Some magazine categories – such as film, photography, music - cry out for native tablet editions due to the possibilities of their subject. It is hard to image that in five years any music magazine will be produced without actual music to be found inside, for instance.
But not all categories are inherently made for multimedia content. The food category wouldn't lend itself to a native tablet edition if one only considered the fact that readers can not taste and smell food in a tablet magazine (maybe Apple is working on that). But, of course, one knows that there are cooking TV shows, and lots of video online, so even the food category seems ripe for the launch of a great tablet magazine (I've been pretty unimpressed with efforts launched so far).
The wine category is much smaller than food. In the U.S., the giant title is Marvin Shanken's Wine Spectator which has launched only a few apps into Apple's App Store, and none specifically for the magazine itself. Instead, digital readers would need to access Zinio's app to read the publication, and because of its larger size, is best read on the desktop rather than a tablet or mobile device.
While the Wine Spectator would seriously benefit from a native tablet edition due to its larger than standard page size – most print magazines suffer when reduced down in size in its replica edition, but larger magazines suffer even more – the subject of wine doesn't necessary require a native tablet solution. One can't taste the wines, for instance. True, vineyard and winery photography would be better viewed in a tablet edition, but otherwise there are only a few reasons a publisher would naturally decide a native tablet edition would be better than a replica.
La revue du vin de France, the new universal app from Groupe Marie Claire really tests the merits of the replica edition, though. The French publisher has so far shown no interest in producing digital publications that are anything other than PDF reproductions of their print magazines.
One wonders, looking at the apps of Groupe Marie Claire whether the French simply are not interested in digital publishing, or whether this is only a reflection of the publishing company itself.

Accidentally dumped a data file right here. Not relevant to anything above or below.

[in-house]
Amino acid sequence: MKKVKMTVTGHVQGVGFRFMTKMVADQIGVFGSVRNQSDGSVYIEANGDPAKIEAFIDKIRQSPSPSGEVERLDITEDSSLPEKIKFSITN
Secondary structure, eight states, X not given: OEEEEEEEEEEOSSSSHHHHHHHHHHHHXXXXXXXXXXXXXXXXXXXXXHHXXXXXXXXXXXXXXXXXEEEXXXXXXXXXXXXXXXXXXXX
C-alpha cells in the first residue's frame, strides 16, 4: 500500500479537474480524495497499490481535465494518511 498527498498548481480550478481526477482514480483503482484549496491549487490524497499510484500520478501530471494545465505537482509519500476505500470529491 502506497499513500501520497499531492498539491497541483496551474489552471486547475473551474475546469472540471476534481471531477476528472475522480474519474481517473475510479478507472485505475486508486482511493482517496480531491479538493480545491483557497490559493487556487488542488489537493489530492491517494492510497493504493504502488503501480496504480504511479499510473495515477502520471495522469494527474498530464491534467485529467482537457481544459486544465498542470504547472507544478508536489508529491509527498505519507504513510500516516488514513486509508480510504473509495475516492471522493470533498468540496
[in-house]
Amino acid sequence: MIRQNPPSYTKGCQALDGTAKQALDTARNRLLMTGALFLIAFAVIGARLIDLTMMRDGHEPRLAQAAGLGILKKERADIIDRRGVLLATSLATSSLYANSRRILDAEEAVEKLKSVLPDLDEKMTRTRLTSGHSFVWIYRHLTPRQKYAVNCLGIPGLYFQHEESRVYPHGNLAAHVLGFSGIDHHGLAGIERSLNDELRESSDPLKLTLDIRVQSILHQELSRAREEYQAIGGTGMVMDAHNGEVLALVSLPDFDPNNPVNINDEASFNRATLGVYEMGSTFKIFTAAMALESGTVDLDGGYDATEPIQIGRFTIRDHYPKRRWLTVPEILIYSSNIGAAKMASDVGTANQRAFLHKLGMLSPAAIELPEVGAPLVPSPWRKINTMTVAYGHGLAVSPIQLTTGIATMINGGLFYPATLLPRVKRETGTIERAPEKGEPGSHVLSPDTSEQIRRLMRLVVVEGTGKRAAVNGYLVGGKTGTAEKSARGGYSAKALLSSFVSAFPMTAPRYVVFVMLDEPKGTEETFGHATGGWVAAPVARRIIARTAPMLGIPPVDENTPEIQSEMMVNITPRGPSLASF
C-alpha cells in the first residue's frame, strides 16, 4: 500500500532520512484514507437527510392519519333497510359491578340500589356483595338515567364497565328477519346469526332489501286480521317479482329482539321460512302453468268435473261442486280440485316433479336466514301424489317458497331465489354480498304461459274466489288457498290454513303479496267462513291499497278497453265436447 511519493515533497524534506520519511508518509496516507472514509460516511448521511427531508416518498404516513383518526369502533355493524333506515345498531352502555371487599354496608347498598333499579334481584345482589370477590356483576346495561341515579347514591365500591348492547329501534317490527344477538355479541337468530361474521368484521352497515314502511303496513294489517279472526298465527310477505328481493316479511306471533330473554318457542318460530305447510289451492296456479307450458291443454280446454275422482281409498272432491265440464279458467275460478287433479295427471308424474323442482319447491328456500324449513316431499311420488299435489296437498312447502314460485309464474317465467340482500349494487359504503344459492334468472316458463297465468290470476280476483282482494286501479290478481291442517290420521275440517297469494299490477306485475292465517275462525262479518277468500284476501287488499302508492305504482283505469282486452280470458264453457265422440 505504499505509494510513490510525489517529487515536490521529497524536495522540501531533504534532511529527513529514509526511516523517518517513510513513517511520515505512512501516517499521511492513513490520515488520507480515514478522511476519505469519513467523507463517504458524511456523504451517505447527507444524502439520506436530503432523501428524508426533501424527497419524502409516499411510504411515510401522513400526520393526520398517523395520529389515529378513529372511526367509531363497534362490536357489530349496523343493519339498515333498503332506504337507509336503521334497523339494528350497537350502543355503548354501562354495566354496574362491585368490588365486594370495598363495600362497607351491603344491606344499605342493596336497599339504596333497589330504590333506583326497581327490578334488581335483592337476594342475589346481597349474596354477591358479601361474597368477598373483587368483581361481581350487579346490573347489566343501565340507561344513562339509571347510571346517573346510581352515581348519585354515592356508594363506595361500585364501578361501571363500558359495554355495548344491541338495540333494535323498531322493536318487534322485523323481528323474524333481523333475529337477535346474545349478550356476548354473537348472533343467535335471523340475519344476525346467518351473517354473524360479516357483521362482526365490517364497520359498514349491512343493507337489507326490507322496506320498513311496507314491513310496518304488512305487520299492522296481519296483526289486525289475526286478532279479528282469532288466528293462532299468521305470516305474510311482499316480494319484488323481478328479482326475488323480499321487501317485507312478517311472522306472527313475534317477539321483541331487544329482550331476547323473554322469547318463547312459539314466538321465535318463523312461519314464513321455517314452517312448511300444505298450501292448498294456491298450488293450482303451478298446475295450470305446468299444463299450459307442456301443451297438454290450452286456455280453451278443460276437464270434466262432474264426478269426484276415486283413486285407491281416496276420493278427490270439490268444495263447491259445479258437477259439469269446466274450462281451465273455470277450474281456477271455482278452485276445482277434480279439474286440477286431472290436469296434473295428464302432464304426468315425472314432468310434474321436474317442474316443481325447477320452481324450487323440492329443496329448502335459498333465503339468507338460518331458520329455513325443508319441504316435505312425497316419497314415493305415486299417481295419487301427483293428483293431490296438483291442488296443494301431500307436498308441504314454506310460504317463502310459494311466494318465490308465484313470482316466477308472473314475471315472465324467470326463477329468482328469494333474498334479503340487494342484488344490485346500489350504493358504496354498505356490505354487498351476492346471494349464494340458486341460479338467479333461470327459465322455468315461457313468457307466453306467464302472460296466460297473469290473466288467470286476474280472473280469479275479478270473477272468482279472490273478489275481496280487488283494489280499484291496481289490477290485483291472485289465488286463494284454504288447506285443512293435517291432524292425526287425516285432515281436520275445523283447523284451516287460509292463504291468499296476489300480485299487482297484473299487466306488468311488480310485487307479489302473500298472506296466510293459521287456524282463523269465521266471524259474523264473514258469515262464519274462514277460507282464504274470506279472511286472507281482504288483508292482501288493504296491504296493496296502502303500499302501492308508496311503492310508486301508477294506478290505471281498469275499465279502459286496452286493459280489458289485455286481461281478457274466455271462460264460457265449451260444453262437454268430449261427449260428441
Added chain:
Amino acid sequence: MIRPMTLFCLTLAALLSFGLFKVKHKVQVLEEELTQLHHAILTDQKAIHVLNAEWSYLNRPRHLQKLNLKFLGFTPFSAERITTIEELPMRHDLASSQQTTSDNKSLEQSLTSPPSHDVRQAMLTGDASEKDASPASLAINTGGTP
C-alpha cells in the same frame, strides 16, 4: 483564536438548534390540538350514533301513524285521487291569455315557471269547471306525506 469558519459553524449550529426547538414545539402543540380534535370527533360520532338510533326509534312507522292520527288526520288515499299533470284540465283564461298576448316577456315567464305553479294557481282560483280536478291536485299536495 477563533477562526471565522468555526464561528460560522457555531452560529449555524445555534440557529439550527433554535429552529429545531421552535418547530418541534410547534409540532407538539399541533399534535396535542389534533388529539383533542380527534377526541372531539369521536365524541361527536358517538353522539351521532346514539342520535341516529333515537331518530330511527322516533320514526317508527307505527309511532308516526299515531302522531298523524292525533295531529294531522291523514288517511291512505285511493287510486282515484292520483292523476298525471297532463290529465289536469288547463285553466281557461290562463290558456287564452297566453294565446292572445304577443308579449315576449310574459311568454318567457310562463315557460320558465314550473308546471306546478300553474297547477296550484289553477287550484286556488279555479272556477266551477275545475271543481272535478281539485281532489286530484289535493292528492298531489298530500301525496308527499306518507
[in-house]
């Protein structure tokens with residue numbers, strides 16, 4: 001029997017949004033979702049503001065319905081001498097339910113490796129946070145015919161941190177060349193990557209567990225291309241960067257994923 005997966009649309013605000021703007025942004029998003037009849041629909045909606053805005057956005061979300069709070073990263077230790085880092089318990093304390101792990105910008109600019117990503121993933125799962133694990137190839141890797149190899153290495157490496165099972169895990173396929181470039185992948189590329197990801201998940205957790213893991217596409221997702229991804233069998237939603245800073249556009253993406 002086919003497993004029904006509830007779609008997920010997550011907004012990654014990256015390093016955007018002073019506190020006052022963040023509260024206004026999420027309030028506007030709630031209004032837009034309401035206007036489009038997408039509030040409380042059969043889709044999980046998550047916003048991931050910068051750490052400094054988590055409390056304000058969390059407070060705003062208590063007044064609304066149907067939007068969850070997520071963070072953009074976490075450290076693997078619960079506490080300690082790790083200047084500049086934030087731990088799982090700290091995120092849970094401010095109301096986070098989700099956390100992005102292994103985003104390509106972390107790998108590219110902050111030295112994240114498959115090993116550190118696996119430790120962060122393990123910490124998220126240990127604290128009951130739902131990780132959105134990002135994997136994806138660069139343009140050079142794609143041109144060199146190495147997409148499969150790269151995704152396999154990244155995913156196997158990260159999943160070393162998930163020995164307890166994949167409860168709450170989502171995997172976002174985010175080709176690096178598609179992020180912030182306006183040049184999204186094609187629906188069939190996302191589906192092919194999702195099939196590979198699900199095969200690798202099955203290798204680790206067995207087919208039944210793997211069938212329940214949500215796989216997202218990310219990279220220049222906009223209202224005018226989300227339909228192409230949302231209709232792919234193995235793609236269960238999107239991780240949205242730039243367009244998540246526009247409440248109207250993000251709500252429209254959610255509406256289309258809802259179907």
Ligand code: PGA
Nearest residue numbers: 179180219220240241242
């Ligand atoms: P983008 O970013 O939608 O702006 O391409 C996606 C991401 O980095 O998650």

But thinking that there is some sort of cultural bias against native tablet editions in France would be reaching the wrong conclusion. One has to assume, that like in the U.S., the decision to launch a native tablet edition is totally influenced by one's attitude towards digital publishing. If a publisher is thinking digital exclusively one would think they would want to design a native digital edition rather than a replica. The other factor would involve the kind of content the publisher wished to include in their digital edition.
So the new tablet edition from Groupe Marie Claire comes at an interesting time, just days after the release of another French wine magazine WINE LR+, seen in this TNM post from last week.
WINE LR+ is the new Newsstand version of a previously released stand-alone magazine app. The emphasis is completely on video content, which explains the publisher's decision to design the digital edition for landscape reading.
Like La revue du vin de France, the new digital edition of WINE LR is contained in a universal app, meaning that the digital magazine can be read on an iPhone or iPod touch, as well as the iPad. But where La revue du vin de France is pretty hard to read on an iPad, and impossible to read on an iPhone, WINE LR is at home on both devices.
Publishers sometimes think that their publications are only to be compared with others in their print form, but with the advent of tablet publishing publishers need to understand that while they may succeed in print, their digital editions may look outdated and badly designed against new digital competitors. For me, all the apps from Balthazar Matita are vastly superior to anything coming out of Groupe Marie Claire right now. That would concern me if I worked at the large French publisher.
In case you missed it last week, here is the walk-though video of WINE LR. Yes, it's in French, but get over it.